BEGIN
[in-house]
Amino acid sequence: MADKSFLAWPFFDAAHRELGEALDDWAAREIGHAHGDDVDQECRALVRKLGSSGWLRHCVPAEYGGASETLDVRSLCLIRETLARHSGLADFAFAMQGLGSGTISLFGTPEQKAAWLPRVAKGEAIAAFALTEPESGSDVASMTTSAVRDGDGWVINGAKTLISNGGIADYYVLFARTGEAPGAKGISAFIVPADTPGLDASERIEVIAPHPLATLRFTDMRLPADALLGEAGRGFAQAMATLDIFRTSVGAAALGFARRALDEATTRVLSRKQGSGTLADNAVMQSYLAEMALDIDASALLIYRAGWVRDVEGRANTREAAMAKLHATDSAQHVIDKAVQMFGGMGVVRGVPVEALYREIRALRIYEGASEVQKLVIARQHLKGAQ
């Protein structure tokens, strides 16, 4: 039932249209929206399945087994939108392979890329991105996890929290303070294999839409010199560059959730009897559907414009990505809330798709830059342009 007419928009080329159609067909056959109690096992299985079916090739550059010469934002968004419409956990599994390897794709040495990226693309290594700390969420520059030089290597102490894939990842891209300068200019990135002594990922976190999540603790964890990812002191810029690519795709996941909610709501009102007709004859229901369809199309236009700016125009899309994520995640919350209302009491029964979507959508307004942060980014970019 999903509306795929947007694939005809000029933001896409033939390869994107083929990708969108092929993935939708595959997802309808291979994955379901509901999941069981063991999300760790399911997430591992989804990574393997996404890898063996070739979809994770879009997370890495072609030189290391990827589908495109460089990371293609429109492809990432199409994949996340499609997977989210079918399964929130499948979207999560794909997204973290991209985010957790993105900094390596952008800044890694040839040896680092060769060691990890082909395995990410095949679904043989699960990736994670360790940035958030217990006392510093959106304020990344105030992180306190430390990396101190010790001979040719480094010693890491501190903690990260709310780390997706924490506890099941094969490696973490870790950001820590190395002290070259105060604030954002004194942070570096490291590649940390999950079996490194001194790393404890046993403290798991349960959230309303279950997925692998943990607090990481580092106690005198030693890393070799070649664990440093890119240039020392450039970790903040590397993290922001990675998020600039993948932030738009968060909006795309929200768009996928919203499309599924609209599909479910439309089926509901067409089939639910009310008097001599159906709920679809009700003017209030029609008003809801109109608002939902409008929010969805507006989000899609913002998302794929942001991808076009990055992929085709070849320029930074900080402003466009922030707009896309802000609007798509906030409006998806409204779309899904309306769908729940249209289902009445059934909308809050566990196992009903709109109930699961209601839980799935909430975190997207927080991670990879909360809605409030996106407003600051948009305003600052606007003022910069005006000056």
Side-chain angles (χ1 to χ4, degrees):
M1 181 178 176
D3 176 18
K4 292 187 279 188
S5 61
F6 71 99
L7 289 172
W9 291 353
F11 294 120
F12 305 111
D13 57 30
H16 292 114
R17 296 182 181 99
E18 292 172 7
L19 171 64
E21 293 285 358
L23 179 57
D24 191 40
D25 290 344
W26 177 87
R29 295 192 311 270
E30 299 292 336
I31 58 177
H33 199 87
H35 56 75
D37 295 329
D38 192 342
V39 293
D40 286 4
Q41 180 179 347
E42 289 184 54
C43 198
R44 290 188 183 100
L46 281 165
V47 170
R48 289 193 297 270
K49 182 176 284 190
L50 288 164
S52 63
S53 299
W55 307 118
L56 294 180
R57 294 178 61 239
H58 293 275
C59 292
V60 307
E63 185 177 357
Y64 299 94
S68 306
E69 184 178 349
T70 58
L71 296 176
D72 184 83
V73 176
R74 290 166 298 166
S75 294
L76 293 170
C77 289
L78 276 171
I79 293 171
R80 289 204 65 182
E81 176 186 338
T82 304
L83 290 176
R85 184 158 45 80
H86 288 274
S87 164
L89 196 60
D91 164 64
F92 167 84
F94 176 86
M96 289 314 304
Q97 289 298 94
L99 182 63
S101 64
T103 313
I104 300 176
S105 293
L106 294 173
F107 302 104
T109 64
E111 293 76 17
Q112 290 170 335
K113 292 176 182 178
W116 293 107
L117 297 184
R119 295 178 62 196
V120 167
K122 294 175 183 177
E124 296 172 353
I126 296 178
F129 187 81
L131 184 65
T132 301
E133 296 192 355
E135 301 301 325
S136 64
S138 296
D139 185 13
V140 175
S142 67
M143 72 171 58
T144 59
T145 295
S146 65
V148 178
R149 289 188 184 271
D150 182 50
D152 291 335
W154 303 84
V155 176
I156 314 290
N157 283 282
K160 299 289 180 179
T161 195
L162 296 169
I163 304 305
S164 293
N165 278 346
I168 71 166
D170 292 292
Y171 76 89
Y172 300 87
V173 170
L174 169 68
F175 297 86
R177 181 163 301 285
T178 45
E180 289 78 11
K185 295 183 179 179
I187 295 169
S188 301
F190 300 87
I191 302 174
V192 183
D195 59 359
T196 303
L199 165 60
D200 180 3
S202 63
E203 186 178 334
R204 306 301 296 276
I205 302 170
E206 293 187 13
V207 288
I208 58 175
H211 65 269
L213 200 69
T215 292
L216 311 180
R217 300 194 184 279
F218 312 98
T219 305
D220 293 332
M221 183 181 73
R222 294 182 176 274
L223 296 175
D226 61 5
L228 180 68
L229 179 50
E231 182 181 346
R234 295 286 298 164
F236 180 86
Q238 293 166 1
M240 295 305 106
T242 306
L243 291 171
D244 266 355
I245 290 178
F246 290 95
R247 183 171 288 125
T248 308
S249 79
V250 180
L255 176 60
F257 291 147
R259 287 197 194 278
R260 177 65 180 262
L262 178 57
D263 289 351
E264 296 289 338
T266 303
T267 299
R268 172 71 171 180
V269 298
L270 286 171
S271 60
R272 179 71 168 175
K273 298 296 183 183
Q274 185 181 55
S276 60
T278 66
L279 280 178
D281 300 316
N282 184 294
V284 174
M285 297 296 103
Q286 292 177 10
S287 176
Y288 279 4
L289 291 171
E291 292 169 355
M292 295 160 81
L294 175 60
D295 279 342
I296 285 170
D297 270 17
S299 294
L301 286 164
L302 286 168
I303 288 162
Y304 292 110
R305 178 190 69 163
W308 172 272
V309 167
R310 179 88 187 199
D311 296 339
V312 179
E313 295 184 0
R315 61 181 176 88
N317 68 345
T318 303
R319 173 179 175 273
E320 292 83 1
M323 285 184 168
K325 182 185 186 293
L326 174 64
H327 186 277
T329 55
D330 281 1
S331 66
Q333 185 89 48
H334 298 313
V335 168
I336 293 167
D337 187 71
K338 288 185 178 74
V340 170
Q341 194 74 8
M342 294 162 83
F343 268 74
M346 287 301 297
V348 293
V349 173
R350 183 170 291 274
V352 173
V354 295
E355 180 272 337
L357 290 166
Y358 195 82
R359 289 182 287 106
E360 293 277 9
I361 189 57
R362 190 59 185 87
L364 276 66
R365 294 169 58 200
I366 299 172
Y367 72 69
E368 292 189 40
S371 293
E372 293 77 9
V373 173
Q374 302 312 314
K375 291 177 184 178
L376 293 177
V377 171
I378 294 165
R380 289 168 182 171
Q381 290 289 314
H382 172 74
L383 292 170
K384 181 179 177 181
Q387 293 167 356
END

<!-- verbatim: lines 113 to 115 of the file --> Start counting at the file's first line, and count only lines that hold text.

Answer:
W154 303 84
V155 176
I156 314 290